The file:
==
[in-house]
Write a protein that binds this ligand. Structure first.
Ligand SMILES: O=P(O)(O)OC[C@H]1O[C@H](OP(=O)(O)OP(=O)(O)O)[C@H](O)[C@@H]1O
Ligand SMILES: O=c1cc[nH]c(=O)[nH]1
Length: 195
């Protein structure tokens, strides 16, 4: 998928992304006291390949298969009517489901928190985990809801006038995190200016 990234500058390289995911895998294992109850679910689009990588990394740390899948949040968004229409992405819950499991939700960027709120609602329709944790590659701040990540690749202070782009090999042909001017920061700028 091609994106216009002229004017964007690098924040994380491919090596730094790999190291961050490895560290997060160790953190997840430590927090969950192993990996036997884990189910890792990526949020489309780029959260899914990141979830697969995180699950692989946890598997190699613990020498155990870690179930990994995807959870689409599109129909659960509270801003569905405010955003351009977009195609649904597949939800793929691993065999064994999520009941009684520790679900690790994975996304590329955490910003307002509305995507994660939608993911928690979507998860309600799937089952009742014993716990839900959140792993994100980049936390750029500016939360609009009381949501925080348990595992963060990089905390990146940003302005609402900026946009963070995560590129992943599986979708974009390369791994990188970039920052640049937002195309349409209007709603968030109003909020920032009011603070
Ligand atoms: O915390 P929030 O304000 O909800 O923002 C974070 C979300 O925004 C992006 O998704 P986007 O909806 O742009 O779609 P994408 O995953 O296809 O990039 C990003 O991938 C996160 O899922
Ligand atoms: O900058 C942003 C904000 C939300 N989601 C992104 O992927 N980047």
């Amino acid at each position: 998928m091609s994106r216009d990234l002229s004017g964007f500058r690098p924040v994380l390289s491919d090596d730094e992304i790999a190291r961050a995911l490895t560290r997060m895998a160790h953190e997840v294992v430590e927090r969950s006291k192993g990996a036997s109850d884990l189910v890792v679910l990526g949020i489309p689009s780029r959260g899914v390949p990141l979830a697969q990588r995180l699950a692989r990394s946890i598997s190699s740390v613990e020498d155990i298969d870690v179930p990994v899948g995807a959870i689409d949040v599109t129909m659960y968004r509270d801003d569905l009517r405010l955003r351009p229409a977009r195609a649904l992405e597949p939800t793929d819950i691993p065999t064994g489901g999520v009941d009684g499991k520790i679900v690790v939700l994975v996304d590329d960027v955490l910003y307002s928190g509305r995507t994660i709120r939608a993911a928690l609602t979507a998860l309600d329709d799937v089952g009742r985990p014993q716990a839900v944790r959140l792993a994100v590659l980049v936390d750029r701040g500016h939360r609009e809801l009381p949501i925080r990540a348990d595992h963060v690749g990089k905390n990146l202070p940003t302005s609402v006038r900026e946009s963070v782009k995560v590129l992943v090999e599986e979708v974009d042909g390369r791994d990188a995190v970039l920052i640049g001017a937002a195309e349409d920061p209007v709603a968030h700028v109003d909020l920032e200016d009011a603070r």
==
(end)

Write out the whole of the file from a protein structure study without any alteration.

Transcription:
[in-house]
Write a protein that binds this ligand. Structure first.
Ligand SMILES: O=P(O)(O)OC[C@H]1O[C@H](OP(=O)(O)OP(=O)(O)O)[C@H](O)[C@@H]1O
Ligand SMILES: O=c1cc[nH]c(=O)[nH]1
Length: 195
């Protein structure tokens, strides 16, 4: 998928992304006291390949298969009517489901928190985990809801006038995190200016 990234500058390289995911895998294992109850679910689009990588990394740390899948949040968004229409992405819950499991939700960027709120609602329709944790590659701040990540690749202070782009090999042909001017920061700028 091609994106216009002229004017964007690098924040994380491919090596730094790999190291961050490895560290997060160790953190997840430590927090969950192993990996036997884990189910890792990526949020489309780029959260899914990141979830697969995180699950692989946890598997190699613990020498155990870690179930990994995807959870689409599109129909659960509270801003569905405010955003351009977009195609649904597949939800793929691993065999064994999520009941009684520790679900690790994975996304590329955490910003307002509305995507994660939608993911928690979507998860309600799937089952009742014993716990839900959140792993994100980049936390750029500016939360609009009381949501925080348990595992963060990089905390990146940003302005609402900026946009963070995560590129992943599986979708974009390369791994990188970039920052640049937002195309349409209007709603968030109003909020920032009011603070
Ligand atoms: O915390 P929030 O304000 O909800 O923002 C974070 C979300 O925004 C992006 O998704 P986007 O909806 O742009 O779609 P994408 O995953 O296809 O990039 C990003 O991938 C996160 O899922
Ligand atoms: O900058 C942003 C904000 C939300 N989601 C992104 O992927 N980047």
């Amino acid at each position: 998928m091609s994106r216009d990234l002229s004017g964007f500058r690098p924040v994380l390289s491919d090596d730094e992304i790999a190291r961050a995911l490895t560290r997060m895998a160790h953190e997840v294992v430590e927090r969950s006291k192993g990996a036997s109850d884990l189910v890792v679910l990526g949020i489309p689009s780029r959260g899914v390949p990141l979830a697969q990588r995180l699950a692989r990394s946890i598997s190699s740390v613990e020498d155990i298969d870690v179930p990994v899948g995807a959870i689409d949040v599109t129909m659960y968004r509270d801003d569905l009517r405010l955003r351009p229409a977009r195609a649904l992405e597949p939800t793929d819950i691993p065999t064994g489901g999520v009941d009684g499991k520790i679900v690790v939700l994975v996304d590329d960027v955490l910003y307002s928190g509305r995507t994660i709120r939608a993911a928690l609602t979507a998860l309600d329709d799937v089952g009742r985990p014993q716990a839900v944790r959140l792993a994100v590659l980049v936390d750029r701040g500016h939360r609009e809801l009381p949501i925080r990540a348990d595992h963060v690749g990089k905390n990146l202070p940003t302005s609402v006038r900026e946009s963070v782009k995560v590129l992943v090999e599986e979708v974009d042909g390369r791994d990188a995190v970039l920052i640049g001017a937002a195309e349409d920061p209007v709603a968030h700028v109003d909020l920032e200016d009011a603070r």